Most of the multiple calamities to befall Fukushima Daiichi have their roots in the paradox. As many have observed and the latest Japanese report reiterates, the Tohoku earthquake caused breaches in reactor containment and cooling structures, and damaged all of Fukushima’s electrical systems, save the diesel backup generators, which were in turn taken out by the tsunami that followed the quake. Meeting the demands of the paradox — circulating coolant in a contained system — was severely compromised after the quake, and was rendered completely impossible after the tsunami. Given Japan’s seismic history, and the need of any light water reactor for massive amounts of water, Fukushima wouldn’t really have been a surprise even if scientists hadn’t been telling plant operators and Japanese regulators about these very problems for the last two decades.

In the case of Japan, Fukushima operator TEPCO did not account for known seismic and tsunami risks, and, even if they had, they still did not have a plan of action for the total station blackout (known as an SBO) — that X+1 scenario or beyond design basis event.

In the months (and even years) after the beginning of the Fukushima crisis, advocates for American nuclear power commonly downplayed the implications of Japan’s experience, arguing it was a freak “one-two punch.” The NAS report appears to frown on that kind of blinkered assessment. As a case study for U.S. facilities — and the NAS study is meant to inform management of the U.S. nuclear fleet — analysis of the Fukushima disaster says that the earthquake and tsunami were far from unforeseeable, that there were experts that saw it, and that even if that specific chain of events was surprising, the consequences of it should still be considered and prepared for.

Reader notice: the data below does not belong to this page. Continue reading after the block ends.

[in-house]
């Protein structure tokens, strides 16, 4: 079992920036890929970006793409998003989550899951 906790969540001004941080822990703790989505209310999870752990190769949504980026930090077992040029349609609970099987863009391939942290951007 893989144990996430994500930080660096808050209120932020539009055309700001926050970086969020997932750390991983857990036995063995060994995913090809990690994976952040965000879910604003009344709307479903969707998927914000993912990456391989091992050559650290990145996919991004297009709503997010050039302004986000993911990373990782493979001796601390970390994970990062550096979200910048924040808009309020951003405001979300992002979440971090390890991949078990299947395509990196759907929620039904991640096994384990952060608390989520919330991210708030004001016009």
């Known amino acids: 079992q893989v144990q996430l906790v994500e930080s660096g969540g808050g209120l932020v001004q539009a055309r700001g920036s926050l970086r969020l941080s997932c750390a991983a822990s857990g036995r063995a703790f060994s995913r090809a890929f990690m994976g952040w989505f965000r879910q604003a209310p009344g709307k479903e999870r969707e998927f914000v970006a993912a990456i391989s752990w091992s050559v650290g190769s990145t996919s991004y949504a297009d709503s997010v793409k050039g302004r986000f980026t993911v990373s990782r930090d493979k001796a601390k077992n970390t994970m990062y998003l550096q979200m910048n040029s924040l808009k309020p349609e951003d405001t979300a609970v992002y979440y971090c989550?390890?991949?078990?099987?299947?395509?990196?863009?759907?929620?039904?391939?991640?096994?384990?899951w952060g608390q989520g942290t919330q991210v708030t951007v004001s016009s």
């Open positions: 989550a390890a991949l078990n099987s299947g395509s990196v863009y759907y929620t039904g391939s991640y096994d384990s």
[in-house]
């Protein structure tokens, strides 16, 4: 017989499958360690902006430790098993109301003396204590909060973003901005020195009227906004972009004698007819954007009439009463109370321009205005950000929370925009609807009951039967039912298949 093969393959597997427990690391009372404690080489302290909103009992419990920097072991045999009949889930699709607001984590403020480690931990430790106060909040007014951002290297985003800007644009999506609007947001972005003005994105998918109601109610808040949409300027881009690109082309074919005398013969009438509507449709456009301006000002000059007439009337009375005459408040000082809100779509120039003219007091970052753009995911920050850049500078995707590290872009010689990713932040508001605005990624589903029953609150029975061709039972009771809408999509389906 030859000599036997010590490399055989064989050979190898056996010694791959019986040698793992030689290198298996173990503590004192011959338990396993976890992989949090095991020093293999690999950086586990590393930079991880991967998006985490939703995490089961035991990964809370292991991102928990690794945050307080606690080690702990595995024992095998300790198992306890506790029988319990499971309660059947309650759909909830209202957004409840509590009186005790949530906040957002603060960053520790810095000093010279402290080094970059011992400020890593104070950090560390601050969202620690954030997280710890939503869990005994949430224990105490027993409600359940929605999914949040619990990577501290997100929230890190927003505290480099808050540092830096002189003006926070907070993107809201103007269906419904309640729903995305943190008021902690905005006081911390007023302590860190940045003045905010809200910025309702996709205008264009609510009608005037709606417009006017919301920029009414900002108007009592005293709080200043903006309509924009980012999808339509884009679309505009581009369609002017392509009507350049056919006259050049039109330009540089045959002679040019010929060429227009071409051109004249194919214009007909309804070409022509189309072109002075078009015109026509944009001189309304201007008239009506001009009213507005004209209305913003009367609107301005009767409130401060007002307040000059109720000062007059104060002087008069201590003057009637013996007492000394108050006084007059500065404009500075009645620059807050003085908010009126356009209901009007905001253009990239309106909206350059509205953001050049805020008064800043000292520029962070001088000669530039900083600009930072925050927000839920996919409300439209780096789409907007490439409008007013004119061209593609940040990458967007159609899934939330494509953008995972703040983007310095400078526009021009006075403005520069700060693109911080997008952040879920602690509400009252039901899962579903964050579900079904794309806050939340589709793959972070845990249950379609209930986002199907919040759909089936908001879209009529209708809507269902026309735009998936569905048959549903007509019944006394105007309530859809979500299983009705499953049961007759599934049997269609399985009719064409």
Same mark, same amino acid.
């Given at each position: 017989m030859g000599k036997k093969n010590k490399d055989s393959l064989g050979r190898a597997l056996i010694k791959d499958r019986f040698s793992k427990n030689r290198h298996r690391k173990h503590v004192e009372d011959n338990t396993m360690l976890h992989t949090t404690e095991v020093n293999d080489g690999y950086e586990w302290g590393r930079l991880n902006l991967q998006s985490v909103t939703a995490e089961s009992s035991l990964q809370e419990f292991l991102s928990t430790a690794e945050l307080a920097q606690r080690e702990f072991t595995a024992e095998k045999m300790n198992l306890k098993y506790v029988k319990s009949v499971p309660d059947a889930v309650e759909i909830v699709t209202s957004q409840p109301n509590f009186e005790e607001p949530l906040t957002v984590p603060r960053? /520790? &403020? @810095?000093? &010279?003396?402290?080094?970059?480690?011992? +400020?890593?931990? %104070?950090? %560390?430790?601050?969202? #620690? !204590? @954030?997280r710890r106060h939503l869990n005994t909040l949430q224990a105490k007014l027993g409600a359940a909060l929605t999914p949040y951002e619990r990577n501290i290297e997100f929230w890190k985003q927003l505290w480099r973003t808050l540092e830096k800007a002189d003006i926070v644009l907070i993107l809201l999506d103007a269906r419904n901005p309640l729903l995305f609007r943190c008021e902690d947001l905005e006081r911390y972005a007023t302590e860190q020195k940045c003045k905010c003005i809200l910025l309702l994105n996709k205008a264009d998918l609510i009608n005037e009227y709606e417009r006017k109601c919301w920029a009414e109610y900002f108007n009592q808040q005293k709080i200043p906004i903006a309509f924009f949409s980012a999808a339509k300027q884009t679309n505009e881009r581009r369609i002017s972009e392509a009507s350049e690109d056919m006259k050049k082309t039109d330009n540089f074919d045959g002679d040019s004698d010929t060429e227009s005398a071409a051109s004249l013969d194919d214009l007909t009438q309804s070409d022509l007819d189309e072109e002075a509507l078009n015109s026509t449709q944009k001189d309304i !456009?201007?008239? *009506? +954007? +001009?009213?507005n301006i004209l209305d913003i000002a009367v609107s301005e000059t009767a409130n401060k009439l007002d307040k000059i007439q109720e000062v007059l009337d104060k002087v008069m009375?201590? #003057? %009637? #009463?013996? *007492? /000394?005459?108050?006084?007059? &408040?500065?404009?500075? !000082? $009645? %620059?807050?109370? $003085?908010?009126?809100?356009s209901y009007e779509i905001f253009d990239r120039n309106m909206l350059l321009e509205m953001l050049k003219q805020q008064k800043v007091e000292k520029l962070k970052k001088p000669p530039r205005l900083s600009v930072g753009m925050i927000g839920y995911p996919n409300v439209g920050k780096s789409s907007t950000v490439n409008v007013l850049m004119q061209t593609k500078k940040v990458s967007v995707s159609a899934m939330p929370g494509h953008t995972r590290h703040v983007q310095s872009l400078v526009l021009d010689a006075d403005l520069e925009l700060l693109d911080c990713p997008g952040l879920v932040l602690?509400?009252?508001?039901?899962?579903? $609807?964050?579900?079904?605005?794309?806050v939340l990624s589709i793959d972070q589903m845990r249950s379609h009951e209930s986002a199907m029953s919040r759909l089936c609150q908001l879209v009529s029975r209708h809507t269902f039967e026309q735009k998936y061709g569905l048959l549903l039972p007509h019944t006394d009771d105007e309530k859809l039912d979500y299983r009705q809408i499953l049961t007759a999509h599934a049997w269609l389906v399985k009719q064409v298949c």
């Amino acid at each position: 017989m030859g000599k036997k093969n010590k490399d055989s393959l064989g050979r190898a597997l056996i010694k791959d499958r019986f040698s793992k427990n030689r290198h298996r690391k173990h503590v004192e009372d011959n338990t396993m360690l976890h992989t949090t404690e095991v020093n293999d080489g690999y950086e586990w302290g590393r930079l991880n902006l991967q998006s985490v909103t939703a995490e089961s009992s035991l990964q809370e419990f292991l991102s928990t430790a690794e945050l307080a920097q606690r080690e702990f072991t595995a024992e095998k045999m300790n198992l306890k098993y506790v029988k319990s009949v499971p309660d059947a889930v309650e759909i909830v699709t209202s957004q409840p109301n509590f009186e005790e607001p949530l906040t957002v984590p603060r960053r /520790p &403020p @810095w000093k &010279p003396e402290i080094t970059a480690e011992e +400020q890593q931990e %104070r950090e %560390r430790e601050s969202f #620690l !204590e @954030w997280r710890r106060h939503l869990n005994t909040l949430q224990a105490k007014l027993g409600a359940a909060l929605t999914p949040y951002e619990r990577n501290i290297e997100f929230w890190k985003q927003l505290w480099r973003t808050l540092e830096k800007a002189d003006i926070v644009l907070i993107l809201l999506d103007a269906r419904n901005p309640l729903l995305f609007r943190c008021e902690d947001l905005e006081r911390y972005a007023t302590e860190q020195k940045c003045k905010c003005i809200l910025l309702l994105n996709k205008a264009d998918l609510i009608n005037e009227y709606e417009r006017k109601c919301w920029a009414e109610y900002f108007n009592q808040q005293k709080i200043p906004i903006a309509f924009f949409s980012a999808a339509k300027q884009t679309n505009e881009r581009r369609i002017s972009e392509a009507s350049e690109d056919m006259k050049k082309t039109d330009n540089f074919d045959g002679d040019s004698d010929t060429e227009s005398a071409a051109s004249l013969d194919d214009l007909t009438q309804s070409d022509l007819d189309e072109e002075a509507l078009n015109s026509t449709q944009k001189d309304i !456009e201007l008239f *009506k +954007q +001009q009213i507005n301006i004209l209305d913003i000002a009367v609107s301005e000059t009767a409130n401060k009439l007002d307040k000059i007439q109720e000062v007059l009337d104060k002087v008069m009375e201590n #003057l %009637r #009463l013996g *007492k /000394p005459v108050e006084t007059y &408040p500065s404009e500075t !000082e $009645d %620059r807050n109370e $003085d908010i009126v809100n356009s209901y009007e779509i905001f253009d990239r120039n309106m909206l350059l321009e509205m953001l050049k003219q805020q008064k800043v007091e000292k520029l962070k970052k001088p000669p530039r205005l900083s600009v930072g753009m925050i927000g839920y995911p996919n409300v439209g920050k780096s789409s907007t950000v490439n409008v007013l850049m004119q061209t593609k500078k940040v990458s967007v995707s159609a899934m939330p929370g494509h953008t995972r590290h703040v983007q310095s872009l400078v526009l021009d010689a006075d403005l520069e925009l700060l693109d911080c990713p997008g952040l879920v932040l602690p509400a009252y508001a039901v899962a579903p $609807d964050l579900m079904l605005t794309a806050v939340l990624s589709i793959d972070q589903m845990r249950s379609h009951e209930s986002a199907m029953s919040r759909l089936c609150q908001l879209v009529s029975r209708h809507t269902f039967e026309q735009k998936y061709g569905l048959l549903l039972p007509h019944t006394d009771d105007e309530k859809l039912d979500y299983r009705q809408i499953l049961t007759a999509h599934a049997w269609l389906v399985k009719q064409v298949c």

Evaluating risk in this more sophisticated (one might even say “honest”) fashion led the NAS panel to make several concrete recommendations — or, as the report tends to phrase things, the panel “recommends particular attention” be paid to “improving the availability, reliability, redundancy, and diversity of specific nuclear plant systems.” Among them, DC backup power for instrumentation and safety systems, tools for monitoring plant status during an SBO, methods for removing heat, depressurizing reactors and venting built up gases, improved heat, hydrogen and radiation monitoring, and better real-time communications.

All are sound conclusions, and ones that have been more or less echoed in previous studies of the crisis, but the gap between saying “attention must be paid” and seeing activity on the part of nuclear regulators and operators still appears wide.

‘100 percent failure’

Case in point: vents.

The GE Mark I Boiling Water Reactor, the design of the damaged reactors at Fukushima Daiichi, and similar Mark IIs, were built with very small containment vessels, making them vulnerable to over-pressurization, and without vents to relieve the pressure in an emergency. This problem was actually recognized by some engineers in the 1970s; still, it took until 1989 for the U.S. Nuclear Regulatory Commission recommended adding the most basic vents to older reactors. (And, even today, one currently operating U.S. reactor — Fitzpatrick in upstate New York — still does not meet those requirements.)